Business Continuity: Coming to a Town Near You
On this particular morning, I was scrambling to get things together early because I was taking my daughter out for a day at the local amusement park. Because I was planning an 8:30 departure from the house, I decided to wake up extra early to find out if the beat of FSU's dominance of the ACC continued in its game against Maryland (it did, but the times could be 'a changin') as well as the UM/UF tilt (The Gators squandered a 33-10 lead late in the third quarter to fall 38-33 to the Canes). I usually don't write about my personal routines on Sunday mornings, but it was needed to provide some context to this post.
I always read details about UF football in the Gainesville Sun. In the summer Gainesville is the quaint, steamy southern town guys like John Grisham might set their novels in, or producers might select as the quintessential southern location for filming, but come the academic year, its population must swell by at least 50,000. As one might guess, the majority of local media coverage concentrates on university-oriented content, and state politics. National news is generally presented in executive summary format. Thus, its simply not the kind of place I would think places the same importance on issues associated with business continuity, or redundancy.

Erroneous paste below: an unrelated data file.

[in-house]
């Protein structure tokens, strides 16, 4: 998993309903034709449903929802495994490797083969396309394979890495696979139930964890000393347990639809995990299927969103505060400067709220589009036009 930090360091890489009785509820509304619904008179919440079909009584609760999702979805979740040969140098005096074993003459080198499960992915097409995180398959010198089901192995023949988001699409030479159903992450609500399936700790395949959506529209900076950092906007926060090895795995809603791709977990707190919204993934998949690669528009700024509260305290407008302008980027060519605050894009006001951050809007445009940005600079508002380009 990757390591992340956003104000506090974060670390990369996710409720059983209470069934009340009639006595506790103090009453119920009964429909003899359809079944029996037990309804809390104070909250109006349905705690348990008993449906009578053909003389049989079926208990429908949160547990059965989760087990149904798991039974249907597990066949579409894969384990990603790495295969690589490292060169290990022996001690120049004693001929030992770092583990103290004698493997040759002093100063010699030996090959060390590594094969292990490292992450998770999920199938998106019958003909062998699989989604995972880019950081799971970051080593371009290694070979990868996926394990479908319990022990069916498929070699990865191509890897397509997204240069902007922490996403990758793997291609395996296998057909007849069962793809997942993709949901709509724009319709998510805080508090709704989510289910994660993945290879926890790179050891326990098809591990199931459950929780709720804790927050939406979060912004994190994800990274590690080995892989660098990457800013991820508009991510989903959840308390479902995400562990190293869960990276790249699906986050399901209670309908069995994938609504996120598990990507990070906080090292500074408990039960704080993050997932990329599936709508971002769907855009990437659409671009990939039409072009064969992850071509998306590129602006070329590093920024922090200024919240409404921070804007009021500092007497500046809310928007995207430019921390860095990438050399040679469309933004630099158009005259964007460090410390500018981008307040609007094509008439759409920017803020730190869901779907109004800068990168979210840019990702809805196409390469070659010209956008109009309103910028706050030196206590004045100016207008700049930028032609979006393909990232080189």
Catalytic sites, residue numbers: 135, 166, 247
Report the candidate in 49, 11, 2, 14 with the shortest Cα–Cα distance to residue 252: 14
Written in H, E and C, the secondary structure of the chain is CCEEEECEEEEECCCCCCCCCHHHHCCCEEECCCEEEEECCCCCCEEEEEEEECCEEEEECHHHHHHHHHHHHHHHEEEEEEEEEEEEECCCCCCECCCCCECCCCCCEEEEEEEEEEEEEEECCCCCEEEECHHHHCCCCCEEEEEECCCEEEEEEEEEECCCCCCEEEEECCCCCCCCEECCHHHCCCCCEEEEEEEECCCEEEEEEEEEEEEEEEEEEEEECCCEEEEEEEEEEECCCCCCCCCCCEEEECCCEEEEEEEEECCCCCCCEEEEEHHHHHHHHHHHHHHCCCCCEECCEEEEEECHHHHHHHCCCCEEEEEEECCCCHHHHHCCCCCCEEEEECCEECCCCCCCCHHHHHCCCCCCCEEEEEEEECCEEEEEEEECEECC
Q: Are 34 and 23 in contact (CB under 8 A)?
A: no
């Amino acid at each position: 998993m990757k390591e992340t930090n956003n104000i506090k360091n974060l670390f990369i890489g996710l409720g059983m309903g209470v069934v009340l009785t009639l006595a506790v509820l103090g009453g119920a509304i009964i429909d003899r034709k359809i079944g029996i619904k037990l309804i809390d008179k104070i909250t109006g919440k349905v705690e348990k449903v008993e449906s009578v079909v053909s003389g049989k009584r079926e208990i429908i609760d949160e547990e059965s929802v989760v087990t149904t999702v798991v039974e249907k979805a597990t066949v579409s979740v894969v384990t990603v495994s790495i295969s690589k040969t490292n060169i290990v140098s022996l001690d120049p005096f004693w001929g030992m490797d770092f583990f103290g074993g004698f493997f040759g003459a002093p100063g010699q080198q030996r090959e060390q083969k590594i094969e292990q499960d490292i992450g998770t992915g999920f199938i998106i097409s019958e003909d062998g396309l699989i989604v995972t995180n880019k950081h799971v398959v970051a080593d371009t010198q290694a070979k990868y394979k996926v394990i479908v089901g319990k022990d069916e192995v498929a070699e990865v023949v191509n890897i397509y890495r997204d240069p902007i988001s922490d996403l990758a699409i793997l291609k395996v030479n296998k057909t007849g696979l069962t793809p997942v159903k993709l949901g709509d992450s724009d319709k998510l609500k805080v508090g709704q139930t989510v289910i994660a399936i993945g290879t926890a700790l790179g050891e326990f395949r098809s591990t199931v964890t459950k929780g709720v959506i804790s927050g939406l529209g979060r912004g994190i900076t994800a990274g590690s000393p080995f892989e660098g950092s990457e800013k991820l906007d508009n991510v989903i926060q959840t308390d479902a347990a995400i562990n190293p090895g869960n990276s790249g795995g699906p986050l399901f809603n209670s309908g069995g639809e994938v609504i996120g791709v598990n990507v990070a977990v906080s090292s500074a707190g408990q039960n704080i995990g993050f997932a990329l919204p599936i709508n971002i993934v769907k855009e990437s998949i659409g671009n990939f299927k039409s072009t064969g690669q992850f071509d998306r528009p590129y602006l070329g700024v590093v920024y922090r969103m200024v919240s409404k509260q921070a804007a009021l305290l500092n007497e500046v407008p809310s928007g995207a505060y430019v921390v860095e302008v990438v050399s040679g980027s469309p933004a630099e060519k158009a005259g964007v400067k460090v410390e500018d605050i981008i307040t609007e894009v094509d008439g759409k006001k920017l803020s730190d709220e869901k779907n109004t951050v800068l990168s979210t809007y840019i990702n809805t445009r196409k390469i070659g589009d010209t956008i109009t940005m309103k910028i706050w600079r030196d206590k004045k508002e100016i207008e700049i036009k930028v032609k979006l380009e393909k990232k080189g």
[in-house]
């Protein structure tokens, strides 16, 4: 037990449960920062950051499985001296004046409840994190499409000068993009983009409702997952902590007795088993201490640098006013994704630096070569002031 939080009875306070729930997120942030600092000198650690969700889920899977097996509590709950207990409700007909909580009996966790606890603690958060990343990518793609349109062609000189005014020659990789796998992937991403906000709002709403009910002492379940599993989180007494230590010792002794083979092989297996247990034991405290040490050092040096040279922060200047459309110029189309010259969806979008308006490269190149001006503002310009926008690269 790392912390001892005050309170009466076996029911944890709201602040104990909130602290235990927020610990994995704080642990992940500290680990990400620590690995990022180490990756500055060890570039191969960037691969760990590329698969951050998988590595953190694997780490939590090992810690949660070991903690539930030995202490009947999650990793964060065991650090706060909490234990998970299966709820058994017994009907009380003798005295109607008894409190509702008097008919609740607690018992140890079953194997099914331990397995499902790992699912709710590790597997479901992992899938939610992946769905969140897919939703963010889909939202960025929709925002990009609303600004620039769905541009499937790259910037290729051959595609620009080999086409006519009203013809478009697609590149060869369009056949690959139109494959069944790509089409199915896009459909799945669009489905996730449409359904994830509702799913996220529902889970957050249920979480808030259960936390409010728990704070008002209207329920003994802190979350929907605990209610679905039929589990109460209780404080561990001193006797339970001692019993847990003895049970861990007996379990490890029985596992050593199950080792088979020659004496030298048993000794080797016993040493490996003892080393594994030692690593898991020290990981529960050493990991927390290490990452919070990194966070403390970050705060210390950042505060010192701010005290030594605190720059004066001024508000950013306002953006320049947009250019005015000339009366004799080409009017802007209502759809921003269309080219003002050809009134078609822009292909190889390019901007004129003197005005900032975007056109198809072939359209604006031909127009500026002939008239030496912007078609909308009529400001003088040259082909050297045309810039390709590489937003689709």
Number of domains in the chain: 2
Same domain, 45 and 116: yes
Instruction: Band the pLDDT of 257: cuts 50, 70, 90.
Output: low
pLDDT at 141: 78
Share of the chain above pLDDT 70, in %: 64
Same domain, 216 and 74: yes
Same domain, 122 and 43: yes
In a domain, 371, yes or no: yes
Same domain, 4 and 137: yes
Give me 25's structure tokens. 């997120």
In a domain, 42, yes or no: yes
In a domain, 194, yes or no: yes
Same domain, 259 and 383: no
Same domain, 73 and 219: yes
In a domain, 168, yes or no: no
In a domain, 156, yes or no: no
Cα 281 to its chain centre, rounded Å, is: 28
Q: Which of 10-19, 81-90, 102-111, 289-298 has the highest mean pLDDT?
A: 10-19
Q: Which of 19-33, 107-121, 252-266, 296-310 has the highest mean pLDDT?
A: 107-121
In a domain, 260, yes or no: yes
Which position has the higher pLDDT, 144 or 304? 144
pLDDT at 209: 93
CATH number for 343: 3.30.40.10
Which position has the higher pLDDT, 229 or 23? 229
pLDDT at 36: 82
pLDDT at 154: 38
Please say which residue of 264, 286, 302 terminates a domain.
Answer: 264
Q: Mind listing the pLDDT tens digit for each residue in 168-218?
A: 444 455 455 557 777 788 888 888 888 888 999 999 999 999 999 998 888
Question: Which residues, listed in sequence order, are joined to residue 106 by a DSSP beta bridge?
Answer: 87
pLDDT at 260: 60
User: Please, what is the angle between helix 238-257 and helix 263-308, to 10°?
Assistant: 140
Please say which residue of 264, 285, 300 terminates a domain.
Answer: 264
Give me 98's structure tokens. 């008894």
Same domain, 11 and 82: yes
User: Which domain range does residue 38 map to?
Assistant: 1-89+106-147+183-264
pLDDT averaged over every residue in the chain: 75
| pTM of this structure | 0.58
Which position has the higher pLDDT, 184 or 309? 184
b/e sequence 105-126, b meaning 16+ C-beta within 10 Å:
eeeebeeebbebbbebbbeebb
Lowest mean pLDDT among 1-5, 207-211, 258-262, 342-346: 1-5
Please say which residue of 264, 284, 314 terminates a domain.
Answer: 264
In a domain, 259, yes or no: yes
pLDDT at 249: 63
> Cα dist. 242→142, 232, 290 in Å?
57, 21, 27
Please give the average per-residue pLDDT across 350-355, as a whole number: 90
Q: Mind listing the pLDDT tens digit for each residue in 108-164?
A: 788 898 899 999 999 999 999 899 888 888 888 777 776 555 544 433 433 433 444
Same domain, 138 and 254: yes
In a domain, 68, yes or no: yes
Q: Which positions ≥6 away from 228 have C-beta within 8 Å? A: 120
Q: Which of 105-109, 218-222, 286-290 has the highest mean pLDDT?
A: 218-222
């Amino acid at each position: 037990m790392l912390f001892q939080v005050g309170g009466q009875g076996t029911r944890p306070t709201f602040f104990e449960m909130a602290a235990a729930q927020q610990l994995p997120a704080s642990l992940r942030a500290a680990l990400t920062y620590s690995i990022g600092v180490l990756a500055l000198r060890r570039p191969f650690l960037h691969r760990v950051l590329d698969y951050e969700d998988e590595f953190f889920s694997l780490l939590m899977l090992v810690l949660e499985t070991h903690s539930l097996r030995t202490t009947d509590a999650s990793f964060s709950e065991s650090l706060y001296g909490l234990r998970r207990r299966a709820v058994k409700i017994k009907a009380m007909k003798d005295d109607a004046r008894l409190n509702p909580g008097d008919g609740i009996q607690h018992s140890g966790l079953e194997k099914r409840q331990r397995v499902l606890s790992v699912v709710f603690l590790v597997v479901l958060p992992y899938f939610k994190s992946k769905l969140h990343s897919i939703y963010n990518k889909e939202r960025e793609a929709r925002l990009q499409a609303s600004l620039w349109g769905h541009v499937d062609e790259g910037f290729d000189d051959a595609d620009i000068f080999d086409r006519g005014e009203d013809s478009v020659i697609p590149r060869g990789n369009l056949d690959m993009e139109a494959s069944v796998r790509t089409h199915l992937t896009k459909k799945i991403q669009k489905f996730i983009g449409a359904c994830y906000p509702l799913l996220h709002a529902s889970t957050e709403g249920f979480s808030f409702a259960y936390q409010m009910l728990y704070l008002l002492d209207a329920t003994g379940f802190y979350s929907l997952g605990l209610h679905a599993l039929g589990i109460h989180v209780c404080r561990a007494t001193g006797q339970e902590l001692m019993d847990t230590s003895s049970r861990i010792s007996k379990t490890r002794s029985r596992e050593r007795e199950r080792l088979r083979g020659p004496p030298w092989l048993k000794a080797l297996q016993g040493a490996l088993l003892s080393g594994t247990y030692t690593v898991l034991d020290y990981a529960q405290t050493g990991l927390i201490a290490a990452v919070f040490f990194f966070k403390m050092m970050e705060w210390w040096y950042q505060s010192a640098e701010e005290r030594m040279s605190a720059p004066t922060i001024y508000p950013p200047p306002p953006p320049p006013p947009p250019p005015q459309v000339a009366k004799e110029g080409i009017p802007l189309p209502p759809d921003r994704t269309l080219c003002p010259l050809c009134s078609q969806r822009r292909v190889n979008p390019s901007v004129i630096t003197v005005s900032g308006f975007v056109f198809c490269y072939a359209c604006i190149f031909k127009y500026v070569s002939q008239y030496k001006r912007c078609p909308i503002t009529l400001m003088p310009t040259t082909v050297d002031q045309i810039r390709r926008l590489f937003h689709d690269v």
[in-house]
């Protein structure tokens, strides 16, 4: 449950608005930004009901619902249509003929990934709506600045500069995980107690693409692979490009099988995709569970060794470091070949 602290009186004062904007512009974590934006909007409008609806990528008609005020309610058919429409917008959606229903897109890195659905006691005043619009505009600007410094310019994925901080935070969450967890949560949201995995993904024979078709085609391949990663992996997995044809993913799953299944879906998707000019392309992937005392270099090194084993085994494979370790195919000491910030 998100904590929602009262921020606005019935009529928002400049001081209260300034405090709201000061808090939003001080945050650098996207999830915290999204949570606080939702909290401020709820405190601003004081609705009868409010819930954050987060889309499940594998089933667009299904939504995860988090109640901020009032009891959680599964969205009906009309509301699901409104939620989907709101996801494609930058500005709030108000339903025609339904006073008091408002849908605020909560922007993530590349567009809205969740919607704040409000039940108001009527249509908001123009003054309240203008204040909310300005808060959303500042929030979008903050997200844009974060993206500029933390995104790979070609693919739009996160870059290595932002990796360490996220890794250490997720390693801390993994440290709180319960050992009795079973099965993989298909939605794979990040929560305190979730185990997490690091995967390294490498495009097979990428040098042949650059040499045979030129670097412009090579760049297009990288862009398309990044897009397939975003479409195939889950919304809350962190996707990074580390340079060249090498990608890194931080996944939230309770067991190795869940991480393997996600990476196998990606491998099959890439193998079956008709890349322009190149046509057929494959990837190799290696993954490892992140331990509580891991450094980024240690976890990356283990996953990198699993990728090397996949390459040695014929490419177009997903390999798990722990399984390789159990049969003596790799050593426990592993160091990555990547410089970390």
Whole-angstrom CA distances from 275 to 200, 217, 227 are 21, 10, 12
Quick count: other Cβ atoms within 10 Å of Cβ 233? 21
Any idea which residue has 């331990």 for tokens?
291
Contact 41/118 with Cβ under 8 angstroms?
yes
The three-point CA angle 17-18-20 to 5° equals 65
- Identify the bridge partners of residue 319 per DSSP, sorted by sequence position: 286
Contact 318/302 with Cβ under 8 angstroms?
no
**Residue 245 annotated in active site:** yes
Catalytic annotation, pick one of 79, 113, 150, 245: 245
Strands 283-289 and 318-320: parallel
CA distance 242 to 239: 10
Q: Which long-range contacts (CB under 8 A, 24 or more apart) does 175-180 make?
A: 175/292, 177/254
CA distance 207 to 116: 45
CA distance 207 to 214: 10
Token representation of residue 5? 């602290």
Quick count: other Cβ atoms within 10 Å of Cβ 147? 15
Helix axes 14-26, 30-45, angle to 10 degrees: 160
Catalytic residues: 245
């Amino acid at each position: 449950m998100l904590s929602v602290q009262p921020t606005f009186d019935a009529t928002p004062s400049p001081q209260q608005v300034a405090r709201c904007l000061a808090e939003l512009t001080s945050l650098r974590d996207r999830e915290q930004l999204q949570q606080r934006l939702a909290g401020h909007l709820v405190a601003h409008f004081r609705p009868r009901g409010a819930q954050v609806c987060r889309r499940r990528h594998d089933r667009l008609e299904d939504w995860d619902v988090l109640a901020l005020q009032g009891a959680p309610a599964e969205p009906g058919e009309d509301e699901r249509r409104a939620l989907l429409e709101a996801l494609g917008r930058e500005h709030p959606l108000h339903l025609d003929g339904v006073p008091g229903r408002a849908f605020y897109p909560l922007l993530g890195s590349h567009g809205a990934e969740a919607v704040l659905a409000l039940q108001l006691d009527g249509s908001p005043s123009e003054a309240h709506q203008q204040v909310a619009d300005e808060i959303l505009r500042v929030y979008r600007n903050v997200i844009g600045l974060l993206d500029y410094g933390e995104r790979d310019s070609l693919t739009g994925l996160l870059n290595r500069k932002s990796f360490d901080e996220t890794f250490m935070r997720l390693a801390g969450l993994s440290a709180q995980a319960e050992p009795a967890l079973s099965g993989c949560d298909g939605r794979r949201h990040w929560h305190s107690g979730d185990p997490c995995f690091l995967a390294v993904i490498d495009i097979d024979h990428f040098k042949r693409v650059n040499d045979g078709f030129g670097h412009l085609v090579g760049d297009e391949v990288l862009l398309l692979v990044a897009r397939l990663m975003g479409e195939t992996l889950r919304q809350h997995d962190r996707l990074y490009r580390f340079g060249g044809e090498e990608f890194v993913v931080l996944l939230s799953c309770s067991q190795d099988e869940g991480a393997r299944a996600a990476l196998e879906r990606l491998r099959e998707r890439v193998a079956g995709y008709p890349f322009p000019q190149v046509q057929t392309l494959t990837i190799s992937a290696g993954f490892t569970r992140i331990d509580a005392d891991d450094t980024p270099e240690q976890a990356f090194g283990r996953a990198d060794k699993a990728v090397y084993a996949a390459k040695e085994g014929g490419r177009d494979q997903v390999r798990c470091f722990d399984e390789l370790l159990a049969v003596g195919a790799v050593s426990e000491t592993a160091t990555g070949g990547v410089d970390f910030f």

For this reason I was a little suprised by this story that appeared on the front page of today's Sun. It ties the events of the northeast blackout to the potential threats associated with cyber-terrorism. The fact that these types of stories are working there way onto the front pages on college-town newspapers says to me that the awareness and implications of all issues associated with business continuity is permeating deeper layers of society. Like it or not, it won't be long before we're all in the know with how things are changing.